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It was a few weeks after I lost my mom, and I was silently praising myself for how well I was handling my grief. After spending two months caring for my mom with my dad and brother in Florida, I had just returned home to my husband and dogs and my normal life in Wisconsin. I missed Mom every day, but the busyness of returning to work and home life seemed to help balance my sorrow.

And then one night while I was driving home from work, *NSYNC danced into my thoughts, and my carefully crafted illusion was shattered. Yes, I blame my favorite boy band for the avalanche of guilt that began in the days after my mom—my best friend, my lifelong confidante, my soulmate—passed away.

The thought literally seemed to come out of nowhere. Did I ever apologize to Mom for making her sit by herself at that concert? It had been nearly 20 years since Mom and I had taken a road trip from Wisconsin to Louisville, Kentucky to see *NSYNC. But it suddenly occurred to me how out of place she must have felt sitting by herself in the middle of a crowd of scantily clad, hyperventilating teen and 20-something (ahem) girls.

While I had planned for the two of us to sit together and had bought a pair of pretty decent (not to mention overpriced) tickets, when I discovered I could get one seat next to the stage, I lost all common sense. The thought of being so close to JC and Justin that I could see the beads of sweat on their foreheads overruled any sense of guilt I should have had about abandoning Mom to sit by herself in boy band hysteria. And now, it was too late to apologize.

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The thing is I truly thought I would have no regrets. When we found out Mom’s cancer had returned—and returned with a vengeance, granting us only another month with her—the (extremely thin) silver lining for me was that I knew how much time I had to make sure I left nothing unsaid. I didn’t think that would be a tall order. After all, for 39 years we had told each other, almost literally, everything. (To the point where, especially when I was in college, there were probably a few things she would have preferred I didn’t tell her.) So, it was only natural that we had also always found ways to let each other know how grateful we were to have one another.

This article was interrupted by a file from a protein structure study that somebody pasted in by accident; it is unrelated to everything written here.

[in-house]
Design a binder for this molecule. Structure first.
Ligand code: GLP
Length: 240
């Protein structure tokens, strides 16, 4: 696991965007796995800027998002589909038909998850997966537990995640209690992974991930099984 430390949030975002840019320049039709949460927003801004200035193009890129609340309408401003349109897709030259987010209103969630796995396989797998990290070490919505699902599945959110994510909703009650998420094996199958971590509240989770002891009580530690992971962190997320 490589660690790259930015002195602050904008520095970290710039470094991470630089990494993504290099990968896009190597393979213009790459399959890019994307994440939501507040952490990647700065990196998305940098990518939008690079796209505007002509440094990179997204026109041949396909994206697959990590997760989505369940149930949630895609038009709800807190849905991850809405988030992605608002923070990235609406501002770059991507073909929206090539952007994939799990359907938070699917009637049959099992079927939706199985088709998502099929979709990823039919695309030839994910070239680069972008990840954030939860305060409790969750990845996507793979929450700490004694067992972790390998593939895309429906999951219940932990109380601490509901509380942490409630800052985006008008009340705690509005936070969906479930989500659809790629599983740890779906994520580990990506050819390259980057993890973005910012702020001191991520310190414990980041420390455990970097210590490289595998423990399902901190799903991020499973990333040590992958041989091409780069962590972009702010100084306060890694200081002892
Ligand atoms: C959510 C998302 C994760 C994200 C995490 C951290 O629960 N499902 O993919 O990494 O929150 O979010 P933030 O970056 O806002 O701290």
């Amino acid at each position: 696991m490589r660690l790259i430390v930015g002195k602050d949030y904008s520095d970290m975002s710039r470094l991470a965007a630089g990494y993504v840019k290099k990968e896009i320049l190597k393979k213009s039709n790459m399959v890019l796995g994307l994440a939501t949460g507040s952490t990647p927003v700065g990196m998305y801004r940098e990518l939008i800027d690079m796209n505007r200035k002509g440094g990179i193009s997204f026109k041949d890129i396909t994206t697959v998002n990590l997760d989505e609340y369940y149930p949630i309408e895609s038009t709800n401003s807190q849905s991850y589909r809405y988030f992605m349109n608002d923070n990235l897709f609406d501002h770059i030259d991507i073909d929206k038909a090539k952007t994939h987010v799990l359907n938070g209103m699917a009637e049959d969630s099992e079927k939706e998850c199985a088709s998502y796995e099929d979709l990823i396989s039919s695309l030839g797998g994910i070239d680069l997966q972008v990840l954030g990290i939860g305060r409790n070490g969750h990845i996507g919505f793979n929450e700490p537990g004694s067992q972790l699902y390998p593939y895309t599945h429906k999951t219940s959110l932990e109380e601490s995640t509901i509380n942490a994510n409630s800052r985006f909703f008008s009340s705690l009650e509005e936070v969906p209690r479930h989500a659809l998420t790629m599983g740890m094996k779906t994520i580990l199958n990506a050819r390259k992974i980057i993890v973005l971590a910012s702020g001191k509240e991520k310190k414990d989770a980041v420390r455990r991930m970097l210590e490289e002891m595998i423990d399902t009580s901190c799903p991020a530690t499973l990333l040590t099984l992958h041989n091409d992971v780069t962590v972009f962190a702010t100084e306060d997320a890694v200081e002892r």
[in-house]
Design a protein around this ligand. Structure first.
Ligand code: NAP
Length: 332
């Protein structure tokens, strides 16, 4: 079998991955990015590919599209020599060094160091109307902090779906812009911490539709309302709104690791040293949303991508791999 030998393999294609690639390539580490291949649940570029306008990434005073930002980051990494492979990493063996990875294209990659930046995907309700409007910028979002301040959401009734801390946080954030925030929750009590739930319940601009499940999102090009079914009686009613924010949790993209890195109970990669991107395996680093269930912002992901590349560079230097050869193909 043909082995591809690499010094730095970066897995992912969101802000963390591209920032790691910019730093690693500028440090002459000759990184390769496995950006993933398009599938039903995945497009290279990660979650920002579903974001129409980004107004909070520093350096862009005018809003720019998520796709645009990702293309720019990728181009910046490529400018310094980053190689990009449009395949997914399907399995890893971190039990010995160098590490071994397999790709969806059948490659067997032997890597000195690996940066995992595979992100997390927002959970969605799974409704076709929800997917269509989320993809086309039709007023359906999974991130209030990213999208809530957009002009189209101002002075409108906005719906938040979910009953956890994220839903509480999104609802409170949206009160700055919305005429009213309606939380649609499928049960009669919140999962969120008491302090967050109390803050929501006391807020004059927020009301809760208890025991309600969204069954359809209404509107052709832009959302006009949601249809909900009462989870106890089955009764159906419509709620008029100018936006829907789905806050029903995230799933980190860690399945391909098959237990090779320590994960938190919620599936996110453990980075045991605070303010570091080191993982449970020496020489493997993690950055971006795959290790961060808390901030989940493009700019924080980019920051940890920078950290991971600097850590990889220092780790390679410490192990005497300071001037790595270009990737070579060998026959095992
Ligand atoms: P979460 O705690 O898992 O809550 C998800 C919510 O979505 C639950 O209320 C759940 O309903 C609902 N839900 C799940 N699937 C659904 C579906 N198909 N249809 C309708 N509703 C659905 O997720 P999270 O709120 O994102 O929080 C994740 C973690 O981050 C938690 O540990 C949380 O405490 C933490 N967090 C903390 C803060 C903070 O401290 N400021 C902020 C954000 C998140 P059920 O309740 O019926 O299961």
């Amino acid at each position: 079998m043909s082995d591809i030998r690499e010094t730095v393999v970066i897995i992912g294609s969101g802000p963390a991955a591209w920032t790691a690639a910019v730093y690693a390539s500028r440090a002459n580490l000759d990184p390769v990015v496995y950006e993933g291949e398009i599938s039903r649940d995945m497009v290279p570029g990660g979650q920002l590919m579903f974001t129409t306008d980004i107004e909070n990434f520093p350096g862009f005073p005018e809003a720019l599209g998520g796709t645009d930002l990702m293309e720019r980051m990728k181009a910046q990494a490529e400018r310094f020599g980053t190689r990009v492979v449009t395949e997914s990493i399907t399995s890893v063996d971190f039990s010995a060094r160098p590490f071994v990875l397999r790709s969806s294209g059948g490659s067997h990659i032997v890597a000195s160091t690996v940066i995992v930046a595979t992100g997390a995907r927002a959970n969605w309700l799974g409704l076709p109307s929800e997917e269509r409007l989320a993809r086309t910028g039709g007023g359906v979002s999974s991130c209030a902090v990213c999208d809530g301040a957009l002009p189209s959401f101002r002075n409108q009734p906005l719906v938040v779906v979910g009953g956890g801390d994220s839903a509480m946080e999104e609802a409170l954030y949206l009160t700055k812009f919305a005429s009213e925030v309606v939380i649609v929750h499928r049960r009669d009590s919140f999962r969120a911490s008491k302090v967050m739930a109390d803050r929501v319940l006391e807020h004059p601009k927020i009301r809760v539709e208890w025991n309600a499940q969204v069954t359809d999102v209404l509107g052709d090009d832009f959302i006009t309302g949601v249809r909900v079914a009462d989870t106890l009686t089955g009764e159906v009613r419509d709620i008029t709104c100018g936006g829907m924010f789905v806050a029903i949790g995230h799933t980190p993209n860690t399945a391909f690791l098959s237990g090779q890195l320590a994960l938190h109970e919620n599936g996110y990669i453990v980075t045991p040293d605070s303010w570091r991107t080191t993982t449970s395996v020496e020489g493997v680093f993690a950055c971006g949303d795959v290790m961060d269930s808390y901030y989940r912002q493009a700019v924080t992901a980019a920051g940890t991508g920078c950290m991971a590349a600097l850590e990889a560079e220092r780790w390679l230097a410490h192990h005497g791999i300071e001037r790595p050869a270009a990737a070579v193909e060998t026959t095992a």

Still, when I knew time was rapidly escaping us, I decided to sit down with Mom, as she lay in her hospital bed in the living room, to tell her eloquently how much she meant to me. I wanted to tell her that I knew so many parts of my personality had come from her, from the way I always had to use my favorite Mickey Mouse glass for my water at night, to the fact that I always try to treat others with kindness. I wanted to thank her for all the amazing things she had done for me throughout my life, from watching my best friend and me perform Mickey Mouse Club songs over and over, to becoming a school bus driver so she could have summers off with my brother and me, to supporting me when I moved across the country to get married even though it meant I would be thousands of miles away.

RELATED: Even a Hundred Years Wouldn’t Be Enough Time with You

But for some reason, the words I needed became stuck somewhere between my brain and my mouth. (Looking back, I blame all the movies where people know just what to say to dying loved ones. Who can live up to that kind of pressure?) Instead, after I babbled something barely coherent about my Mickey Mouse water glass and being nice, we sat quietly holding hands.

“You are the most wonderful daughter,” Mom said.

“And you are the most wonderful mother,” I said.

Not quite Oscar-worthy, but I was hoping it covered it all. Now, I was suddenly afraid that it hadn’t. After that first thought of guilt (thanks a lot, *NSYNC), new thoughts of “Why didn’t I tell her that?” seemed to pop into my head on nearly a daily basis, dragging me into new spirals of grief.

But as the years have passed, gradually the guilt has faded, replaced by a quiet understanding. The bond we had—and always will have—is not based on single moments or perfect words. It’s based on a lifetime of perfect and imperfect moments, the laughter and squabbles and adventures that make up our shared journey. And I remember that she already knows everything I possibly could have told her. After all, that’s what soulmates do.

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Elesa Swirgsdin

Elesa Swirgsdin is a writer and editor who lives in Wisconsin and still loves *NSYNC. She also loves hanging out with her husband and dog, watching sappy Hallmark movies, reading historical fiction, and all things Mickey Mouse.

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